Tuesday, November 2, 2010

Don't tout your social responsibility if it doesn't exist

Last week brought a cautionary tale for any brand or company looking to promote its social responsibility. Chevron had its "We agree" campaign -- intended to brandish its corporate responsibility image over that of other oil giants -- hijacked by a group called the Yes Men, working in tandem with a couple environmental groups.

The "hijackers" issued fake press releases and even built a phone website closely mimicking the actual "We agree" site, pointing out what they believe to be Chevron's environmental miscues and hypocrisy.

Recently I mentioned the proliferation of purpose-driven campaigns and the danger of so many brands jumping on the cause marketing bandwagon that consumers could become jaded. But the Chevron case highlights an even bigger danger: What if consumers just don't buy your message? What if they don't believe your brand is truly socially responsible?

I read a very good column on AdAge.com by a branding expert named Jonathan Salem Baskin. His advice to avoid a situation like Chevron's? Tell the truth. In other words, don't promote your cause or social responsibility if it doesn't exist.

Consider this from Baskin:

Let's face it: We marketers have long tolerated a "truth gap." We've celebrated it, because it meant we were successful in our efforts to invent a host of imagined benefits for which consumers would pay extra. It didn't matter that the claims we claimed could never be substantiated, or that the values with which we associated our brands were purchased, not organic. Sell the same car or TV for more because of some sleight of superficial badge? No worries; nobody had the capacity or desire to discover the truth.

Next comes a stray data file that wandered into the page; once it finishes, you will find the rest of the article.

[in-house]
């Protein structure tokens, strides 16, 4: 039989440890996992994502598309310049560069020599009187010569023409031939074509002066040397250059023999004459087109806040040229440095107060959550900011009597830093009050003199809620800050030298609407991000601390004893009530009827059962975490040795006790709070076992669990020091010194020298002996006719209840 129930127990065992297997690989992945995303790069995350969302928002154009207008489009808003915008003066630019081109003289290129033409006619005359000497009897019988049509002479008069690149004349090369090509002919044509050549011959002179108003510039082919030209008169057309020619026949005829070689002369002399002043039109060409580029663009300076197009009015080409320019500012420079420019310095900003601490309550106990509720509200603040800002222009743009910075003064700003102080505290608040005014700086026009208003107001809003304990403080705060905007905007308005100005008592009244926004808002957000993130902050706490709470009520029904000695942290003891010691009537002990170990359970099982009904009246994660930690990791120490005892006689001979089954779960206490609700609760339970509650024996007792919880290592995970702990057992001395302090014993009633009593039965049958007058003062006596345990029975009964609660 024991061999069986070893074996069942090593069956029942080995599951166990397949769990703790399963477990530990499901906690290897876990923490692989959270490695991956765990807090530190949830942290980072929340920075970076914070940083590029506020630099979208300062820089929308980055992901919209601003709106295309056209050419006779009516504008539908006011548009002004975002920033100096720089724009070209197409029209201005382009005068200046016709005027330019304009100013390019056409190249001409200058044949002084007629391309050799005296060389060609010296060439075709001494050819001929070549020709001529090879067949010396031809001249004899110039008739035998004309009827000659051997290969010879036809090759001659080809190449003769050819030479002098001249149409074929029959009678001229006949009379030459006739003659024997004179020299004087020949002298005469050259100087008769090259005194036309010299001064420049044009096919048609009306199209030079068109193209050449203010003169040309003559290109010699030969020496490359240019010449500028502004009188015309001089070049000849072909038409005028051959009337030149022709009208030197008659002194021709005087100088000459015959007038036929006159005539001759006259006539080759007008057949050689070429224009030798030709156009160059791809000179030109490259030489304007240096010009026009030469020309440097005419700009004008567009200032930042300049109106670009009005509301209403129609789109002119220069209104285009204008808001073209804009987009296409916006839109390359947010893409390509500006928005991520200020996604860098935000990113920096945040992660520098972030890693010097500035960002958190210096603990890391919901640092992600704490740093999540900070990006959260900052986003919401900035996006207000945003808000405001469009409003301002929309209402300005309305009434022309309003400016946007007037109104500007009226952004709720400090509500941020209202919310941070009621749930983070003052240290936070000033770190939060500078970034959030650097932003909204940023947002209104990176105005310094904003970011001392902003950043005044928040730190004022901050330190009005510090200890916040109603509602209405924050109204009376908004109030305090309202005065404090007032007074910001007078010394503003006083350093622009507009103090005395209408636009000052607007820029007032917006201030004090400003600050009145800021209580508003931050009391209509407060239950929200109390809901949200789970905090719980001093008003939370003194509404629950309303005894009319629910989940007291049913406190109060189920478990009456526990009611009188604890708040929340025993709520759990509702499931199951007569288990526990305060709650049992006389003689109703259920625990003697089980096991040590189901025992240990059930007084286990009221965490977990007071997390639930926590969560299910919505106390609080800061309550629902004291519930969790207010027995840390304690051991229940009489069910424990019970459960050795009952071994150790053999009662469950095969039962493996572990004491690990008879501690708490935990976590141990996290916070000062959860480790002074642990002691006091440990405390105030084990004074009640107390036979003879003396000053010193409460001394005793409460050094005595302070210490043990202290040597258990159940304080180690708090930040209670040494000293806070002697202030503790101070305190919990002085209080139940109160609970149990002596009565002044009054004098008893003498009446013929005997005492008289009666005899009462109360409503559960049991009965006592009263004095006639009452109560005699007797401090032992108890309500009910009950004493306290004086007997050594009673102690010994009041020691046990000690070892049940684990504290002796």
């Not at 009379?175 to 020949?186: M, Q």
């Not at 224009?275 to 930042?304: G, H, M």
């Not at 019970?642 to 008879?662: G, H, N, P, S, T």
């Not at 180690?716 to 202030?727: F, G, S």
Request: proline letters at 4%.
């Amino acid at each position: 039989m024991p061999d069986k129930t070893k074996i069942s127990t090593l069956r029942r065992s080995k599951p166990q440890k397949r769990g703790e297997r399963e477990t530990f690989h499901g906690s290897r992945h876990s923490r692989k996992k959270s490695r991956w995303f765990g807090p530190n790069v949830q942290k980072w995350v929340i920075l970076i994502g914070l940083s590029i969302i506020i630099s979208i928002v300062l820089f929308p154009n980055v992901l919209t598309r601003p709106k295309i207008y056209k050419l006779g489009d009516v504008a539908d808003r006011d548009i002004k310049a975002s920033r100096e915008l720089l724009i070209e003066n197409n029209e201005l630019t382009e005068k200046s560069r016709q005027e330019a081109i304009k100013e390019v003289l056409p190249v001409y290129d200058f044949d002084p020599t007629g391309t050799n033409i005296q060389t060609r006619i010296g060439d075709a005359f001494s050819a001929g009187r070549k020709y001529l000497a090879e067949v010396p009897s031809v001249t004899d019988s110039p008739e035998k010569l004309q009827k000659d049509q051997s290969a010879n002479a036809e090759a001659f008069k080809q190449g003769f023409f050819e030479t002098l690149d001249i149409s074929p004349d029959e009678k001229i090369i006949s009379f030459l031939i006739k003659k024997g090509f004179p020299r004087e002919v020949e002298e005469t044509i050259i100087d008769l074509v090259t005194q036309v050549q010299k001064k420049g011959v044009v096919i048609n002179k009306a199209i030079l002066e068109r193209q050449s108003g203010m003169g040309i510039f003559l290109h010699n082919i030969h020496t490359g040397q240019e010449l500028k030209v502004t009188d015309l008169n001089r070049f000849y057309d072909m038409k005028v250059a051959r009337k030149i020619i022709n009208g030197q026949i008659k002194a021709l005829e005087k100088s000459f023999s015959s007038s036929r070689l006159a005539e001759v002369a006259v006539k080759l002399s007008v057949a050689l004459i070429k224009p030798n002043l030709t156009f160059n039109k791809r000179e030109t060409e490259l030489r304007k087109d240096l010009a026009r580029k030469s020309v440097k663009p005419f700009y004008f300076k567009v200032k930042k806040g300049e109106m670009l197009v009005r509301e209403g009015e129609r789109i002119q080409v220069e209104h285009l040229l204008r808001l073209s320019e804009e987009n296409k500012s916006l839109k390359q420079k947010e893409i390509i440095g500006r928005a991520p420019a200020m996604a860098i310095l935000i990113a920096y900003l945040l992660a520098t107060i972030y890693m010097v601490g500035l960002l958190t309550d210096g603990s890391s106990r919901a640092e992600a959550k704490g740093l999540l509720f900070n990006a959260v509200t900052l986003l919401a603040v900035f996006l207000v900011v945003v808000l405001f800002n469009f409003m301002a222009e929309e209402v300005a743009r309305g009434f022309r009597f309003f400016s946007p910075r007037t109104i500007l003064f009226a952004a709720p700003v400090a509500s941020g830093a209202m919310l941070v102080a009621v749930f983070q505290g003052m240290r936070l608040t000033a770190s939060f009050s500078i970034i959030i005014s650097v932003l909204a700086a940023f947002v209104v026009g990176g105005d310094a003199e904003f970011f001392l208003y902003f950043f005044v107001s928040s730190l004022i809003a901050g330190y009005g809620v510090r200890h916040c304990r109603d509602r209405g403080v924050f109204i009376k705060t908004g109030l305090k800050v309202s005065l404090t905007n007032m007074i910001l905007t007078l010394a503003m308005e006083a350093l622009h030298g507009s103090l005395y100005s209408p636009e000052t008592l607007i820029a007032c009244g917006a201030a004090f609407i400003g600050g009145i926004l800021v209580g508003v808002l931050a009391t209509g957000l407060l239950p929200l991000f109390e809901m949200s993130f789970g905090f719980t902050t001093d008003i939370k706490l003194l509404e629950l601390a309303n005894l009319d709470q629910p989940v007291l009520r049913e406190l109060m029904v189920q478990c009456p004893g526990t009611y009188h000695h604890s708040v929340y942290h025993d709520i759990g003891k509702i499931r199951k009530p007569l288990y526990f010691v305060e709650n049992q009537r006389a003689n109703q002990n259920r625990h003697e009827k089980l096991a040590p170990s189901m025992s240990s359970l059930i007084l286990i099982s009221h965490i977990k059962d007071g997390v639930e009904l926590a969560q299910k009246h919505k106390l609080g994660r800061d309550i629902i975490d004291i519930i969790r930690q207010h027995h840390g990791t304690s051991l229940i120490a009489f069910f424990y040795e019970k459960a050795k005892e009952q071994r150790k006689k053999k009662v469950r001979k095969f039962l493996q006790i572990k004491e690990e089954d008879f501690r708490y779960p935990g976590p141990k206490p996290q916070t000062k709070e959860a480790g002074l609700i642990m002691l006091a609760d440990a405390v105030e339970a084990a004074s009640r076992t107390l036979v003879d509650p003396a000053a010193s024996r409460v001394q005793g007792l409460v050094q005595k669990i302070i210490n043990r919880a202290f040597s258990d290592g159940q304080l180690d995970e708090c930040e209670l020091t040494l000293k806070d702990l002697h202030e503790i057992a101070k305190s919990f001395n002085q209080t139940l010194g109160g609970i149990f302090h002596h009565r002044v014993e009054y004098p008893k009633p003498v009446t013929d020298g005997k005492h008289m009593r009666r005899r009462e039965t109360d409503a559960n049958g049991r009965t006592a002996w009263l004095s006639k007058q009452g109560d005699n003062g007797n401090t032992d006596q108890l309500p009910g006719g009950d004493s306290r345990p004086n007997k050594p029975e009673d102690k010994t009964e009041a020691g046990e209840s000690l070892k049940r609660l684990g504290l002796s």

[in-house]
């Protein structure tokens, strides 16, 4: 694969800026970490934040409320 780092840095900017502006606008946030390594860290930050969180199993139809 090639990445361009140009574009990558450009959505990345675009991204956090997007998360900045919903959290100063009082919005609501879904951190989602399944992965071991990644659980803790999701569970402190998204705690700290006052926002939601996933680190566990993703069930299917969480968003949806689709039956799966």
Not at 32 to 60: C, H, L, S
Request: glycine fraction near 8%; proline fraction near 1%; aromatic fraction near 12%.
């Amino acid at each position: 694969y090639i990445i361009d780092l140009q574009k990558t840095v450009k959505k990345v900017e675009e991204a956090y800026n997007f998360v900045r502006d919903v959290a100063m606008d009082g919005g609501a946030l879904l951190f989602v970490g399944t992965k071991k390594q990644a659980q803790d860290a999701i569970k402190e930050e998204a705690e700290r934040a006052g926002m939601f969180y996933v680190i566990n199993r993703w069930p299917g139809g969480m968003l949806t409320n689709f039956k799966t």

Not so much anymore. That truth gap is coming back to bite us.

I admit I'm somewhat biased, but I honestly don't think most petfood companies are guilty of perpetuating such a truth gap, nor can I think of any situations of a petfood marketer touting a cause or some aspect of corporate responsibility that just doesn't ring true.

Perhaps that's because selling petfood is, in many ways, very different from selling cars, TV or oil and its by-products. On the other hand, given the strong emotions inextricably linked with the pet industry -- after all, most pet owners don't consider choosing and buying food for their beloved pets as simply a purchase transaction -- that means petfood companies must be even more careful to be sure their marketing rings true. Especially if they're touting their support of pets, the environment or another cause.

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